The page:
It remains a mystery as to why the Foxburg Council supported the demolition of this historic bridge, yet personally requested that PennDOT save the bridge's builder plaque and some stones from the bridge for display at a future city facility. Another interesting fact. The demolition of the bridge used explosives, allowing PennDOT to evacuate people within a 1250 feet radius around the bridge, as a safety measure. Also, conveniently for PennDOT, this makes viewing the actual demolition nearly impossible. Perhaps they made a point of using explosives, so that they could attempt to hide this atrocity from the public as much as possible.
The replacement of this bridge is yet another example of how Pennsylvania has one of the poorest track records for bridge preservation in the country. PennDOT has, over the past few years, literally been obliterating the Allegheny River. The Allegheny River once had some of the finest and most unusual historic bridges ever seen on it, and one by one, PennDOT is demolishing each one. Indeed, there is not a single example of a genuine commitment to historic bridge preservation on the Allegheny River in Pennsylvania, between the city limits of Pittsburgh and the river's source, which is near the state of New York. The Foxburg bridge was a bridge that was truly unique, and for this reason it had a very high degree of historic significance. In a world where transportation policy and historic preservation policy functioned in a feasible and sensible manner, the Foxburg Bridge would have been preserved.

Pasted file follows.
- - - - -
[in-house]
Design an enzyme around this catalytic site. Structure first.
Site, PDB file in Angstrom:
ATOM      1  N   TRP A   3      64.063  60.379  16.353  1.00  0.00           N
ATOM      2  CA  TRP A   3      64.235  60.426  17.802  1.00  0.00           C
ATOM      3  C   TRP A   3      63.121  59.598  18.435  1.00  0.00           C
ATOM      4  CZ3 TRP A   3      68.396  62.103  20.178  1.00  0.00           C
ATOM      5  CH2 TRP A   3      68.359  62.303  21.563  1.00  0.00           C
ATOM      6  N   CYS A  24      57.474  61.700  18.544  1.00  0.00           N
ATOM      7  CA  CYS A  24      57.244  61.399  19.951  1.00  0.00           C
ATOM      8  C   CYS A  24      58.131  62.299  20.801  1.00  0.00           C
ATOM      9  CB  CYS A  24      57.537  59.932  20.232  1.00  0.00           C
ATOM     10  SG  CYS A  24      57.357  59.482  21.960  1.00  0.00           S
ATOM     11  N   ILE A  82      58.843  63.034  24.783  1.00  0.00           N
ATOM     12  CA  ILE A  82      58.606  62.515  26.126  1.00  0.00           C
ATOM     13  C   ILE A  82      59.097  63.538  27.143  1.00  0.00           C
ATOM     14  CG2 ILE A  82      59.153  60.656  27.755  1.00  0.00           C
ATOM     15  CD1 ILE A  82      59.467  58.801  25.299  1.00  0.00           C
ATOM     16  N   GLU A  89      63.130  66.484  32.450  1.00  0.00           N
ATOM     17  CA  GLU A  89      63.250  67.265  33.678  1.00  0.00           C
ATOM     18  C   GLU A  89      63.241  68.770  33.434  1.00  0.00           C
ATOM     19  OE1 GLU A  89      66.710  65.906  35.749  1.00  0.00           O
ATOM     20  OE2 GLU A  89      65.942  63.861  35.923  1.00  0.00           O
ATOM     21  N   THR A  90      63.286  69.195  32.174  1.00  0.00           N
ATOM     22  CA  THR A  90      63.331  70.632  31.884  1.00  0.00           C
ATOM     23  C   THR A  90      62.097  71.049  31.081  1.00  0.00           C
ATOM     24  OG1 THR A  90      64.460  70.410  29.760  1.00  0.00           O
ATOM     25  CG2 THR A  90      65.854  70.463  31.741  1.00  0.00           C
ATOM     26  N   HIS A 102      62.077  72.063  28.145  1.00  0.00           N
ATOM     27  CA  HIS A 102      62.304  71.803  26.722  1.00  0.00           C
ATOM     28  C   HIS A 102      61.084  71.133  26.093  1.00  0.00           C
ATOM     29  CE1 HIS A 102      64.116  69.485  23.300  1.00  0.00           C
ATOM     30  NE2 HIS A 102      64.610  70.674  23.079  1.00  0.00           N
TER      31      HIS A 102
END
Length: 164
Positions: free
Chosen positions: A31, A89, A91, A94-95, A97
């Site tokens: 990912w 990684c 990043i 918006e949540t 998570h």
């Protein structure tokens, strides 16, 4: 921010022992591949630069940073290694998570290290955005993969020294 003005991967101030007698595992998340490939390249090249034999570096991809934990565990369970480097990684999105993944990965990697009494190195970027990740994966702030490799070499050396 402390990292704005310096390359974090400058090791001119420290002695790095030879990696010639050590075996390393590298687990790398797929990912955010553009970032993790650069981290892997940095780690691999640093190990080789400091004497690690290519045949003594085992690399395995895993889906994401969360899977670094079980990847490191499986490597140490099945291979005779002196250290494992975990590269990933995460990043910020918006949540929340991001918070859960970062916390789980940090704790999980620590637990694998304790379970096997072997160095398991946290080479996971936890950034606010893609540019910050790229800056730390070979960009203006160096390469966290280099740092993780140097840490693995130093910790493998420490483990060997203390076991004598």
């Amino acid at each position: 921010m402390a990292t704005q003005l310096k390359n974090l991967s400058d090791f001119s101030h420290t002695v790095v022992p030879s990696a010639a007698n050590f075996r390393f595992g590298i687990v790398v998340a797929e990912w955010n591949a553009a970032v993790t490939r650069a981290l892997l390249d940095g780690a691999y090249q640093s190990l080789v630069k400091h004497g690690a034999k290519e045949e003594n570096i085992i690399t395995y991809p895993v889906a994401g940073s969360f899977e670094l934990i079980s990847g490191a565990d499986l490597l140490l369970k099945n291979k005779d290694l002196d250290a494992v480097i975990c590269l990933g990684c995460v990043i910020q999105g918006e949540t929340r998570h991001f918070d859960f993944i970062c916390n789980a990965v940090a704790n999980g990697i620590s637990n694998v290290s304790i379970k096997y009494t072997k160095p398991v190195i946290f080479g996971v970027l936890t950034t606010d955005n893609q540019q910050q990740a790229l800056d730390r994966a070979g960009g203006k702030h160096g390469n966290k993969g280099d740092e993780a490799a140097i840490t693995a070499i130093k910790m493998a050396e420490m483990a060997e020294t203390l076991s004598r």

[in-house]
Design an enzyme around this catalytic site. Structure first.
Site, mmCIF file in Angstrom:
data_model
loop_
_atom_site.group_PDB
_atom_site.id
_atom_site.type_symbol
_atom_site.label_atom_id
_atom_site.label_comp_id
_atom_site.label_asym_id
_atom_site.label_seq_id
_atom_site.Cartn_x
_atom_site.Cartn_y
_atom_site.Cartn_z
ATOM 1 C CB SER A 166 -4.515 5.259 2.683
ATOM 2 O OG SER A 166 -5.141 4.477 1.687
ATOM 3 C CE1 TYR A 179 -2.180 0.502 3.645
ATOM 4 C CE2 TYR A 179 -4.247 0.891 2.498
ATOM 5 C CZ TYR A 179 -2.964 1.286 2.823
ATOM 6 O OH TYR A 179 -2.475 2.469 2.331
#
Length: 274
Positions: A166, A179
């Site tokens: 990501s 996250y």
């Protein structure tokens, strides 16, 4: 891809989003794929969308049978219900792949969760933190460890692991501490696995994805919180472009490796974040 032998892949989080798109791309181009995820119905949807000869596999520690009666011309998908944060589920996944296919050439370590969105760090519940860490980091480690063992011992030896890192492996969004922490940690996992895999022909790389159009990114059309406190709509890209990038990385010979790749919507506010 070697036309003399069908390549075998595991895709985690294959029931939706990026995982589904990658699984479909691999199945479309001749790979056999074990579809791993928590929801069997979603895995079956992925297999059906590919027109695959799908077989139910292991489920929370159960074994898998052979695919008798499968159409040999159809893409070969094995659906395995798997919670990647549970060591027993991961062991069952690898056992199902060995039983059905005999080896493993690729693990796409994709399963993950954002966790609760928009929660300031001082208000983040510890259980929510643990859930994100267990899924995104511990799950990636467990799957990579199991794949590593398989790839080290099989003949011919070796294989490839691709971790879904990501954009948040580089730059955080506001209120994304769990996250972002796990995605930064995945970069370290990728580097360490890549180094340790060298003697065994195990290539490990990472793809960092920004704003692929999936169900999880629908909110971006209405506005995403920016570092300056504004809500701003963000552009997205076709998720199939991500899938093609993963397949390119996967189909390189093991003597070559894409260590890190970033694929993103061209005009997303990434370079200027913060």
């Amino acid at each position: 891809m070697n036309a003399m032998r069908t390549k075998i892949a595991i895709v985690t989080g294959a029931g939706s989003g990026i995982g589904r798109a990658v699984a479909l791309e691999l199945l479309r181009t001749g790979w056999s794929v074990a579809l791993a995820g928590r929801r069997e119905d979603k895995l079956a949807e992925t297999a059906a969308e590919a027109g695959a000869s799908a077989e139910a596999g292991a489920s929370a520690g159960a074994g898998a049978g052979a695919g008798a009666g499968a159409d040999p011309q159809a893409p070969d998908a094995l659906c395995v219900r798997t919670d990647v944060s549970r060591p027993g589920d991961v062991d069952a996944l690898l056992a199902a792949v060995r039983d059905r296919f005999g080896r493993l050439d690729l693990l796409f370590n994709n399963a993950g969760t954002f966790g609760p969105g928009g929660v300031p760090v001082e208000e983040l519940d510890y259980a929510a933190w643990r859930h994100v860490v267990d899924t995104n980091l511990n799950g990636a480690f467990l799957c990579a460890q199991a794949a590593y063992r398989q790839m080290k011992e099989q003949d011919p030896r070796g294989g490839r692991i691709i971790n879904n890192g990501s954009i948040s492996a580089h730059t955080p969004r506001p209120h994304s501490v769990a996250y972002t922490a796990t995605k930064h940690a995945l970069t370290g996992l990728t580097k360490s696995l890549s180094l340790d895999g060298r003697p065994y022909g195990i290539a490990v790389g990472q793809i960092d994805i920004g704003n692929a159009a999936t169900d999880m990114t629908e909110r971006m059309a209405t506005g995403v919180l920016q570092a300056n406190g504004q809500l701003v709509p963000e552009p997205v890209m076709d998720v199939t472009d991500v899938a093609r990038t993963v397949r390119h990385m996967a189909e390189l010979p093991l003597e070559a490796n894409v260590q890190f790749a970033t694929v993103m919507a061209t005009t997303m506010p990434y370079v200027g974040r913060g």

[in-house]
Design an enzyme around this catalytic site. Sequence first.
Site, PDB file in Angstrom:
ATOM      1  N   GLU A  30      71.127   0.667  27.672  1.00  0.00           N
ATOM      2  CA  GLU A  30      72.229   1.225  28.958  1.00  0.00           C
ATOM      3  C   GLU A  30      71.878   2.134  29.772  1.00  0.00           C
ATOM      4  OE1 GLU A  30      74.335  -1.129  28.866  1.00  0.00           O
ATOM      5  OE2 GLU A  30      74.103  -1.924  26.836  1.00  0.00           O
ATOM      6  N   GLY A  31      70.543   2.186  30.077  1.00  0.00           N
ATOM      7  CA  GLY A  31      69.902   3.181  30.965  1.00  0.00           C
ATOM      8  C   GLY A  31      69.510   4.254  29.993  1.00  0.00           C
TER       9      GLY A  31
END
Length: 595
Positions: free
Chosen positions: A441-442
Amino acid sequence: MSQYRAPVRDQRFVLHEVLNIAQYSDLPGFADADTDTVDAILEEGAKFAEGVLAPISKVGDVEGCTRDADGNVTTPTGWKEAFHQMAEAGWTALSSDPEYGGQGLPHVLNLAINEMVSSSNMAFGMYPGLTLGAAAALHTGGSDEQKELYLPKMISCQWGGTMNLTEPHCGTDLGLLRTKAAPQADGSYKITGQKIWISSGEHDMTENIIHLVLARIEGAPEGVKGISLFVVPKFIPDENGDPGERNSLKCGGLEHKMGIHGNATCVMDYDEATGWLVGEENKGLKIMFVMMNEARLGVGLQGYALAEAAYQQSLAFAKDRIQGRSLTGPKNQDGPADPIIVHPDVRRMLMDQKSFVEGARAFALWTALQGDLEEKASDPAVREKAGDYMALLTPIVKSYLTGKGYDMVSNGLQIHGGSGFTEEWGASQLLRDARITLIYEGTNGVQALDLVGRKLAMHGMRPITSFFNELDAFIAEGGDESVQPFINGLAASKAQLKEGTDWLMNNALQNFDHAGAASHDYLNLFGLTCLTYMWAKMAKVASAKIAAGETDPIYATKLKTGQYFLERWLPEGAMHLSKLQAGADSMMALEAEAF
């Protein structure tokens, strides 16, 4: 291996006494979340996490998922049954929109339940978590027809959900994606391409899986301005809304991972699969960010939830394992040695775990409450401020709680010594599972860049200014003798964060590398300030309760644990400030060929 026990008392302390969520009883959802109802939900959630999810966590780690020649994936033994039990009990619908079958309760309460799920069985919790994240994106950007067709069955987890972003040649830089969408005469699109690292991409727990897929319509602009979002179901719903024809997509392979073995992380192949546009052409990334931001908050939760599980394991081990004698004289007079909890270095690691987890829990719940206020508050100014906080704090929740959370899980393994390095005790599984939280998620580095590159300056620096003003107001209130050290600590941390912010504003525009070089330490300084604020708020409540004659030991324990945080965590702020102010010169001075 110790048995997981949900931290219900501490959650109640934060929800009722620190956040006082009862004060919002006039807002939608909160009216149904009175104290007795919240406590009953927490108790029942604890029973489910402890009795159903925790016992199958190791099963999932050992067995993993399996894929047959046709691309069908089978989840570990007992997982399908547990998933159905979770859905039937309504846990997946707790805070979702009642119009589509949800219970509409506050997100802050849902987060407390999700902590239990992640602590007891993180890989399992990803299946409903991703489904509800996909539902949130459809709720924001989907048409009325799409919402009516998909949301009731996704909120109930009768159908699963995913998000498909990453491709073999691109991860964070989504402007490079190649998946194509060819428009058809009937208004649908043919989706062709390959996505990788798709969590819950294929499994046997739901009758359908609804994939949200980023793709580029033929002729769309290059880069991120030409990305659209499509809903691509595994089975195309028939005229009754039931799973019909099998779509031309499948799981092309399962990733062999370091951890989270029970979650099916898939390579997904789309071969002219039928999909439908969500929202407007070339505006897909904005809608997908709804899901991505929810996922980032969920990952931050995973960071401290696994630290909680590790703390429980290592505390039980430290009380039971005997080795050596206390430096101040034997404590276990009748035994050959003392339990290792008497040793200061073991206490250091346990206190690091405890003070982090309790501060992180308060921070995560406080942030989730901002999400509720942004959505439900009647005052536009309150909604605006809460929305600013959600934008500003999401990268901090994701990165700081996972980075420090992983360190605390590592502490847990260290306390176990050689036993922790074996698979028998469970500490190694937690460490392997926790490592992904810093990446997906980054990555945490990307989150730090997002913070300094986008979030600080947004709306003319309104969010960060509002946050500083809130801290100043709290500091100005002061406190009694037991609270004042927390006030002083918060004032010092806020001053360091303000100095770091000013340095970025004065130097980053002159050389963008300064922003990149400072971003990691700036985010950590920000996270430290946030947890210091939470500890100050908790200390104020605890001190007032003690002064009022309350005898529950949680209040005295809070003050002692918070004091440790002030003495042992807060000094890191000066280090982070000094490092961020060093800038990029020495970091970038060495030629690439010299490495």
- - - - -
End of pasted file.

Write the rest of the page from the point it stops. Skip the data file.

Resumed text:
The new bridge standing alone is the ugliest thing one could imagine. Both Foxburg and PennDOT have thrown away a treasure, and they have done so when opportunities for preservation presented themselves at every step along the way. Pennsylvania is truly a failure when it comes to historic bridge preservation. Even if PennDOT and friends change their ways, it may be too late. Pennsylvania's bridges, especially the rarest and most unique ones, are those falling the fastest.
Historic significance is a cold phrase to describe the Foxburg Bridge... this bridge was a beautiful work of art carried with it the essence of the people who built it. Not so much from the engineers, but from the actual people who sweated in the steel mills to fabricate the metal, the riveters who assembled the beams of the bridge together, and the people who erected the bridge over the river. The people who built the historic Foxburg Bridge put a lot more into this bridge than people today. With no disrespect intended toward workers today, but bridge construction is not the same thing today, where sit in air conditioned cranes or cement trucks while building a bridge, all the while protected by OSHA regulations. Vern Mesler, a leading expert on historic bridge restorations, often calls truss bridges a "craftsman's record." In many ways these bridges are even more than that... they are the essence of those craftsman. We all like to believe that we do some good in the world, and that we leave something behind in the world for people to enjoy and remember them by. For those craftsmen, that's what these bridges are. More than just a bridge, this is what PennDOT has taken away from us..
Foxburg's unique landmark is gone forever, and nothing can ever bring it back.
This historic bridge has been demolished. This map is shown for reference purposes only.